There’s no way around the fact that it’s a subdued week here on Rosswords. Yesterday was the 20th anniversary of 9/11, which date tends to have unpredictable effects on the emotional landscape of New Yorkers like me. I happened to be a high school senior in class on Manhattan’s Upper West Side. More on that in a moment.
It’s also the case that Texas’s SB8 recently went into effect, which bill I find unjust and insidious in its potential to erode constitutional rights well beyond the extent to which it does so on its face. Here in crossworld, there’s a fundraiser on to support the rights of Texas women who are immediately affected by the law. I donated this week’s Rossword as an incentive grid for that effort, organized by Wordplay columnist Rachel Fabi, so if you enjoy the puzzle I encourage you to make a donation.
These days its pretty common for me to make-a-crossword-about-it when I’m frustrated at the state of affairs, but 20 years ago, in the aftermath of 9/11, I didn’t have this particular outlet. (Hell, I don’t think I solved a whole crossword until 2010.) Back then, I was more likely to write my feelings. I’ll leave you with what I wrote a couple of summers after the fact, with thoughts and spoilers for “Stay Strong, Y’all” after the jump.
After the second plane hit, they cancelled classes but kept us in school. Kids milling around. Someone would run by every few minutes. Adults had no answers, so they put CNN on in the auditorium. They got the big screen down just in time for us to watch the first tower collapse. There were people in that room with family who worked in the Twin Towers; I’ve never asked anyone how many. One person I talked to remembers tower one falling impossibly slowly, a heavy stone traveling down their throat to their stomach. But I recall it like a gunshot wound. Some gasped, some screamed. Some grabbed the arm next to them and said, No.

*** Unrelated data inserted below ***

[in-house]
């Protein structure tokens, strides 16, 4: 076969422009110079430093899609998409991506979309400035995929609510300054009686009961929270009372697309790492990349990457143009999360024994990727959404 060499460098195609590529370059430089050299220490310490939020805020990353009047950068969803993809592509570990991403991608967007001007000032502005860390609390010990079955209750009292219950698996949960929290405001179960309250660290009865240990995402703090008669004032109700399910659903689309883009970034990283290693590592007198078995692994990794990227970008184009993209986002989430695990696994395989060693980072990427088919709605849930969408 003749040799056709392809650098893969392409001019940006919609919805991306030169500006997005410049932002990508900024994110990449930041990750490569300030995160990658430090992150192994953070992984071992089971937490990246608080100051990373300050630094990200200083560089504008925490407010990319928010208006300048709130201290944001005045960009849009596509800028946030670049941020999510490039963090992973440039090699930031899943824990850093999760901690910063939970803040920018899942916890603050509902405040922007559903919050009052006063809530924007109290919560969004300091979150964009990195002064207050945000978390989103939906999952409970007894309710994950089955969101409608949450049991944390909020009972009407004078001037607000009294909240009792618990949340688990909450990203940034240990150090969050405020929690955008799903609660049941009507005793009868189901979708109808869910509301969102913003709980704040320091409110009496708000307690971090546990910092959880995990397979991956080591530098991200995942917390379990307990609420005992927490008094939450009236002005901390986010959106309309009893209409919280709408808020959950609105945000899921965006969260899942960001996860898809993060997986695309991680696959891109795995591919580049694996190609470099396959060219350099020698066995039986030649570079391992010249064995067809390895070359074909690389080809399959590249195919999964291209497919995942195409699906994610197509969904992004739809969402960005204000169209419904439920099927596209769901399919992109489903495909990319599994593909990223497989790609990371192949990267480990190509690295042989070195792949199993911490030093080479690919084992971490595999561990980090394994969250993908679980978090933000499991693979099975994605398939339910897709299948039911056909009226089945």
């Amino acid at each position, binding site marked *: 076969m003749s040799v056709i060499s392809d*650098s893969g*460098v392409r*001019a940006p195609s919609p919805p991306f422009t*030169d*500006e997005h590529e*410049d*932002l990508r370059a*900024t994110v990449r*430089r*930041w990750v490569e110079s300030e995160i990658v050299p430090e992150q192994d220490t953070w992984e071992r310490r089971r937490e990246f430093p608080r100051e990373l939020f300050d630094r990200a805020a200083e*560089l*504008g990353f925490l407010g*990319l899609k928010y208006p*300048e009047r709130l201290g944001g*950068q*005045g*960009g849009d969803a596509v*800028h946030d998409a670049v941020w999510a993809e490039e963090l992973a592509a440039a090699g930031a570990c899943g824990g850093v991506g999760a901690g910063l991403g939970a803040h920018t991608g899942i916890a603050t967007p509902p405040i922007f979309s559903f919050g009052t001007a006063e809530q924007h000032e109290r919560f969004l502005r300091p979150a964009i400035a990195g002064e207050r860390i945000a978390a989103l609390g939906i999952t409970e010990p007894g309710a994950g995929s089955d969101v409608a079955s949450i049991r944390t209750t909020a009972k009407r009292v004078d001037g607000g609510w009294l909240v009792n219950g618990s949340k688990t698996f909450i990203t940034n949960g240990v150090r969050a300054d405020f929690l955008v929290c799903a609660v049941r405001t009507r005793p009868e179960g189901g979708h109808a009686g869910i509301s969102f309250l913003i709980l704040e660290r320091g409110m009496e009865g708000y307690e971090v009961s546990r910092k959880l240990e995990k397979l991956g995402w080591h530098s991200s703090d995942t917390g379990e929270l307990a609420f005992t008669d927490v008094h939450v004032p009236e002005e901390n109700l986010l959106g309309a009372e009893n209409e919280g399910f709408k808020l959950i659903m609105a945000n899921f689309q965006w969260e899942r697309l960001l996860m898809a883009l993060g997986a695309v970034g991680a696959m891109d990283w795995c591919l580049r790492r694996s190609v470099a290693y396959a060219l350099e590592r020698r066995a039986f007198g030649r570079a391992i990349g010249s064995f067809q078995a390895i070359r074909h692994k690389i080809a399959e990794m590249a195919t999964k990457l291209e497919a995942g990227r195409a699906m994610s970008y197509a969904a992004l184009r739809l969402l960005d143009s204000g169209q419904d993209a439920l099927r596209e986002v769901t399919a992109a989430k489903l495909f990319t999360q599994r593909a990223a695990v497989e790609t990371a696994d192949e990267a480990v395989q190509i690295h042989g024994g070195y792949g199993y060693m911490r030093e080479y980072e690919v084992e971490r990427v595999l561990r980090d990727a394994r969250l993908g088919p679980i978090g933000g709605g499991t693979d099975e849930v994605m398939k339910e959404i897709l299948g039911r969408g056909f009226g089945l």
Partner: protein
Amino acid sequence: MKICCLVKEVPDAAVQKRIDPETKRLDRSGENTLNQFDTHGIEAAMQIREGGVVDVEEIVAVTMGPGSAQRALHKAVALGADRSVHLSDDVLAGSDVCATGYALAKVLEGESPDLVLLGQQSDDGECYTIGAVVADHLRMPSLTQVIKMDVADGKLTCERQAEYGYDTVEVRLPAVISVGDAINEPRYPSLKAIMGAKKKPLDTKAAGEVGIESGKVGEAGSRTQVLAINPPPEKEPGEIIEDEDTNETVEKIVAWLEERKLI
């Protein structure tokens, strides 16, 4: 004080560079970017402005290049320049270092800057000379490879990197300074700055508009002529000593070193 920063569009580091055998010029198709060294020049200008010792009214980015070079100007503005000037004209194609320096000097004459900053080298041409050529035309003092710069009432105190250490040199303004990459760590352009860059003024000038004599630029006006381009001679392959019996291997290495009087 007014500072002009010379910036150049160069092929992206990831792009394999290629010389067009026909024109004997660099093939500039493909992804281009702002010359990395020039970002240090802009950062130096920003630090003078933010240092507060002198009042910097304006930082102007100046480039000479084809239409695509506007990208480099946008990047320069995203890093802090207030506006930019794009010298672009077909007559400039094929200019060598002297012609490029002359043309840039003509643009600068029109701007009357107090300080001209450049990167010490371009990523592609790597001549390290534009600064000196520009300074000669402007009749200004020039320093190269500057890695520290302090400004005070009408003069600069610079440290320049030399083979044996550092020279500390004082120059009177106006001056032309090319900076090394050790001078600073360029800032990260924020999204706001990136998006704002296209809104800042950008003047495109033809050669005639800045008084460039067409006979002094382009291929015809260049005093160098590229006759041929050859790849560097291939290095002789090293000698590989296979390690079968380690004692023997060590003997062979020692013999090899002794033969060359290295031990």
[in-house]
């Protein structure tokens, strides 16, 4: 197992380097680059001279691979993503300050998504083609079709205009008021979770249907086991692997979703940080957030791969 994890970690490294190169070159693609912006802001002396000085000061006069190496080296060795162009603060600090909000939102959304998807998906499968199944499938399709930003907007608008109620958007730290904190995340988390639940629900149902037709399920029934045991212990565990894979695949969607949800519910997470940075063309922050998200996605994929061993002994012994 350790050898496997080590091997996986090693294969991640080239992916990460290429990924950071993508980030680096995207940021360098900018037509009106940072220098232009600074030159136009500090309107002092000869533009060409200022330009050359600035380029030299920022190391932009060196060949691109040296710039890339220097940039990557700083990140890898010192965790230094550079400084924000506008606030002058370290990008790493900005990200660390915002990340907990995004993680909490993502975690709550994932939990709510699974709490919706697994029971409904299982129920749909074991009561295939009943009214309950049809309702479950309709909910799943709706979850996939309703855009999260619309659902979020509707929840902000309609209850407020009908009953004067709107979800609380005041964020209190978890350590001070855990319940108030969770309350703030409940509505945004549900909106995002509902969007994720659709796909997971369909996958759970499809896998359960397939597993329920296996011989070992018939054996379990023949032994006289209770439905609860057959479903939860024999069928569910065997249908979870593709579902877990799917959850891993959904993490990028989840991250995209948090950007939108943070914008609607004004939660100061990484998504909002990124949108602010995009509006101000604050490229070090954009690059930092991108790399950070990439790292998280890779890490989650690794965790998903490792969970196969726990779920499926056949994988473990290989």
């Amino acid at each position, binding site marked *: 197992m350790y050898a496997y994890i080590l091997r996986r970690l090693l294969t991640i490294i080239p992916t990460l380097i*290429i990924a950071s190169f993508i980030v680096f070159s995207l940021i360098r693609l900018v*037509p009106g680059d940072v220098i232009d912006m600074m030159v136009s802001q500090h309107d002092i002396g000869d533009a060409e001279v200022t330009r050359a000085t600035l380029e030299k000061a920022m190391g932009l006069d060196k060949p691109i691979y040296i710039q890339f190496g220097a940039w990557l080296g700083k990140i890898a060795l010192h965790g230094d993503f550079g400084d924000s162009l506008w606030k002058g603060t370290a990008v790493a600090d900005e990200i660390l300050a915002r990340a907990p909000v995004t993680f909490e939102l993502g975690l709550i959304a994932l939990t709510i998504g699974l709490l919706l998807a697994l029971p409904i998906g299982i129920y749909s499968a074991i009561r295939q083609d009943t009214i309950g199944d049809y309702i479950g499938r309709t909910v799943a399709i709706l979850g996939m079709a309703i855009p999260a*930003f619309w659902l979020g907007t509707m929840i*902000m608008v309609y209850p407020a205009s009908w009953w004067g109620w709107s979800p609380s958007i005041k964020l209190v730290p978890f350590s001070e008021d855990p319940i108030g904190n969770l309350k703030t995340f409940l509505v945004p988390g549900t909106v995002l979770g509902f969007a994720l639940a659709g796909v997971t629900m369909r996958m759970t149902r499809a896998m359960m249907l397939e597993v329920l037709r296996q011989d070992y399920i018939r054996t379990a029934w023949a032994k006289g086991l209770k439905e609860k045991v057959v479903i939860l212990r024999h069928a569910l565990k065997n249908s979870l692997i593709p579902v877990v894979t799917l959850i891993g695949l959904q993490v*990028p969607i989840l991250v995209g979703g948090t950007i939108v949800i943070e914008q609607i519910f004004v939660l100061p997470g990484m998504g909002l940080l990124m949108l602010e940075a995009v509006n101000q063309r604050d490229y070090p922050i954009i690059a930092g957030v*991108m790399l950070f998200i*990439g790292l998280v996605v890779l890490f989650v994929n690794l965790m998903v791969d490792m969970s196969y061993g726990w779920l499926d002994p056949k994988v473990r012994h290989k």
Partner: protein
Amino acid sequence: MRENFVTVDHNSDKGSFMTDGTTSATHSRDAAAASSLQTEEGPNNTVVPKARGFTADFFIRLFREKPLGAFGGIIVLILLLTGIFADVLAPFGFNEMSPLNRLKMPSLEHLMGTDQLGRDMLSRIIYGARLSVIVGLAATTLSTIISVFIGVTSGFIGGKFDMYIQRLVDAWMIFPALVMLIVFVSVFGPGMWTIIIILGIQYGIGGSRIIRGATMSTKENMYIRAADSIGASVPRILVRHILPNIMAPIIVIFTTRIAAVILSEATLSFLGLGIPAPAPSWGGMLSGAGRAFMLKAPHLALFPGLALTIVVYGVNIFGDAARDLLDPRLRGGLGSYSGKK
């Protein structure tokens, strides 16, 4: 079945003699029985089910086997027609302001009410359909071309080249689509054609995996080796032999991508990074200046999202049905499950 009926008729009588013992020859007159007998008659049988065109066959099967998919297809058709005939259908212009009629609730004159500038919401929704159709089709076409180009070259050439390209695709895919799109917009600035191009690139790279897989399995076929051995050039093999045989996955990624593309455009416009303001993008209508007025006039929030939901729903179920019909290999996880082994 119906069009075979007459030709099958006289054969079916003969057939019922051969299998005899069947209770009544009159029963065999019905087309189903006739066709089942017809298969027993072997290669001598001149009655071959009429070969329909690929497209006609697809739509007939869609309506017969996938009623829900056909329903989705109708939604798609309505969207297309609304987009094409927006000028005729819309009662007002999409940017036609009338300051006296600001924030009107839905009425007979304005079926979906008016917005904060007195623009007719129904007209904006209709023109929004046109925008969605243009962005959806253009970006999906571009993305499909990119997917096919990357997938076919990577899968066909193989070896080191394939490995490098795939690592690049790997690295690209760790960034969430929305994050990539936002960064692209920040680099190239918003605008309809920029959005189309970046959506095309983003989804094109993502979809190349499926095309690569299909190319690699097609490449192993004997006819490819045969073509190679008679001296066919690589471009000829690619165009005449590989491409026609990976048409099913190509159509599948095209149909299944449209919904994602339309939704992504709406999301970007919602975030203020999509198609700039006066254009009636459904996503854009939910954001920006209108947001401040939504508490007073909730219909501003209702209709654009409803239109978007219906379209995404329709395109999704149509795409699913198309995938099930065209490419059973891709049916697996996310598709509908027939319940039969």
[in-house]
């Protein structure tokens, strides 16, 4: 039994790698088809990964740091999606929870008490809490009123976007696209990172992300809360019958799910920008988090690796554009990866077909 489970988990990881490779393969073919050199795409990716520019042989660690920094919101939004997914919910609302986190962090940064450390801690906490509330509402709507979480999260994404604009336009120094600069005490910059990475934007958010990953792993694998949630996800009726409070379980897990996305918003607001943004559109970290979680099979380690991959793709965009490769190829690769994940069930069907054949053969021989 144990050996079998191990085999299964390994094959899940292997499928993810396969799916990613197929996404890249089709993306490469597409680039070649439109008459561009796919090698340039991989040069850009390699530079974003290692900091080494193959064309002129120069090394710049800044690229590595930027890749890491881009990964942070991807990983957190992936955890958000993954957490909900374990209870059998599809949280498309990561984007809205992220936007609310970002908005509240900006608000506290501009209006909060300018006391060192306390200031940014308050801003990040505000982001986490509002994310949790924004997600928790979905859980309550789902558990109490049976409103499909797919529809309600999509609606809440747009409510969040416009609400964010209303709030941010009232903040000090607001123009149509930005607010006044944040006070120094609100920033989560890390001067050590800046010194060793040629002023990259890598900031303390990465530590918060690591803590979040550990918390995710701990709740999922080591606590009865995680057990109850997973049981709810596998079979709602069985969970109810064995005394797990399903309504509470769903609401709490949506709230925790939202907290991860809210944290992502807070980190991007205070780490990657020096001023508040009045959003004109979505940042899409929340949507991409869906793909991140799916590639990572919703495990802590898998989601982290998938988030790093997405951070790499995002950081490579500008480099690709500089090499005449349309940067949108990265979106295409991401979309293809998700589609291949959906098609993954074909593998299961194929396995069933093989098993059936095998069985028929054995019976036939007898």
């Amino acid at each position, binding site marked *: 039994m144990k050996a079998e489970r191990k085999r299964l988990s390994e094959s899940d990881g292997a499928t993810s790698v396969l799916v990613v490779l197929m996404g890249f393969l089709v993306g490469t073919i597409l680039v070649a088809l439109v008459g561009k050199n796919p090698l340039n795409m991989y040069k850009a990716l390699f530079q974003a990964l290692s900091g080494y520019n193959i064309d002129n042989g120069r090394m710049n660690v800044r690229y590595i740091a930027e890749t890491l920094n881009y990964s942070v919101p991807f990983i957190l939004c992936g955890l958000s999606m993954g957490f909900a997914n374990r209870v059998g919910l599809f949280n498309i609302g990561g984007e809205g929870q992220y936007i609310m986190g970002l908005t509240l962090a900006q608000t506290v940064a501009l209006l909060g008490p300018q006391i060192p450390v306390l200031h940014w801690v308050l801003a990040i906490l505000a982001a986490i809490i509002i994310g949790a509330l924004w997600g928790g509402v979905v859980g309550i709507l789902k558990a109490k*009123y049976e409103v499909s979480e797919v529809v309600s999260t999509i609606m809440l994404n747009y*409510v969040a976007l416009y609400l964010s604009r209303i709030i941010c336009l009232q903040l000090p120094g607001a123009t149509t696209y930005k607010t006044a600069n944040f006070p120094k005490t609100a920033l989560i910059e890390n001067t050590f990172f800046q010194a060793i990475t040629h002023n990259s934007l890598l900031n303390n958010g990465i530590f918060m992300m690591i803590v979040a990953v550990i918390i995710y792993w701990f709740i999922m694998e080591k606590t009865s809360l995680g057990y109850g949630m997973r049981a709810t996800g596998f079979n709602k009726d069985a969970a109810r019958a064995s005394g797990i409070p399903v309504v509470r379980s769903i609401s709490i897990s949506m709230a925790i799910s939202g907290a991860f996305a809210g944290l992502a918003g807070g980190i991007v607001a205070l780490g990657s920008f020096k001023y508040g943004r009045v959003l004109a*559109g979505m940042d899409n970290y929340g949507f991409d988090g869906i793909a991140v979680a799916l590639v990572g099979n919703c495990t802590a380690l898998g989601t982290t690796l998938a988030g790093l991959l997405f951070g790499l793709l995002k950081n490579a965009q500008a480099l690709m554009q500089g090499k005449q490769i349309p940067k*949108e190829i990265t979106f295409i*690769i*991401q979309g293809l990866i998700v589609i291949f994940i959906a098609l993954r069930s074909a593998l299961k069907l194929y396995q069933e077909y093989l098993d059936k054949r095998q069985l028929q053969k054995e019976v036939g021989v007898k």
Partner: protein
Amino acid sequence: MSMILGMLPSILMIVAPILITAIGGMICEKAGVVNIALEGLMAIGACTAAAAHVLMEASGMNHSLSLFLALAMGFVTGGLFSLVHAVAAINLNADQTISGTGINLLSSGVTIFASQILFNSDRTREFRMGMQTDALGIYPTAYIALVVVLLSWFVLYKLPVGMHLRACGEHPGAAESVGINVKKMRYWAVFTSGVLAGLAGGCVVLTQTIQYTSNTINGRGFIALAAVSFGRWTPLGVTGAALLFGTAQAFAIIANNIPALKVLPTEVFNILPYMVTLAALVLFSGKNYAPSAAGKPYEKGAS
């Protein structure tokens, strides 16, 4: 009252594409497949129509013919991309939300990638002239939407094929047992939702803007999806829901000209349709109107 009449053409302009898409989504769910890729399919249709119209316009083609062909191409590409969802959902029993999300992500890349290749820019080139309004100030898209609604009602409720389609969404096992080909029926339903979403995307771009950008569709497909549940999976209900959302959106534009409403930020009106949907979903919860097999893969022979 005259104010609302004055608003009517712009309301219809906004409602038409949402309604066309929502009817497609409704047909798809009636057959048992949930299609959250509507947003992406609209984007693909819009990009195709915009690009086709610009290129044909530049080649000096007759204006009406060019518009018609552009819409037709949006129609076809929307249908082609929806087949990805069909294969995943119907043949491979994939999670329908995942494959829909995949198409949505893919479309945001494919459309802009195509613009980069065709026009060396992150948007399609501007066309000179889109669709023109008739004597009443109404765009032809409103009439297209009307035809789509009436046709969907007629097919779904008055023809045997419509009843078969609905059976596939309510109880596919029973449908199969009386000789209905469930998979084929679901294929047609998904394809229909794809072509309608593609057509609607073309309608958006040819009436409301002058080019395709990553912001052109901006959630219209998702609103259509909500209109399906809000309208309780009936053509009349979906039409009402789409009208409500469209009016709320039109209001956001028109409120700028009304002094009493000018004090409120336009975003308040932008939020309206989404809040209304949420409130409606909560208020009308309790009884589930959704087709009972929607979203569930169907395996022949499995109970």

The next day (and the next, and the next) we watched mom on the television, because what else could we do. The first day we had waited in line to give blood. It turned out later that very few people down there actually needed a transfusion. You either made it out or you didn’t. Standing there on a corner, one of my friends thought there was video but no sound in the chapel. Another said we watched the second tower fall, not the first. Nobody remembers 9/11. The only thing we could agree on was that there was no way we’d get to give blood before the station closed for the night. But we didn’t go anywhere. We just waited on Amsterdam, standing in a line that went around the block, and down the street, and out of sight.
This is a pretty classic Rossword Puzzle formulation. I’m generally drawn to words that have various distinct meanings, and when they get buried in evocative colloquialisms–like the “hang” in HANG IN THERE, GUYS–they tend to light up my theme radar.
I toyed with the idea of the hanging you’d do in, say, a SPACE STATION or INDOOR PARACHUTING. It felt distinct enough from the hanging [from your fingernails] you do in a ROCK CLIMBING GYM. But ultimately, the three examples felt like enough theme material, especially with a 15-letter revealer.
And, this week, that’s all I have to say about that.
Happy solving, friends.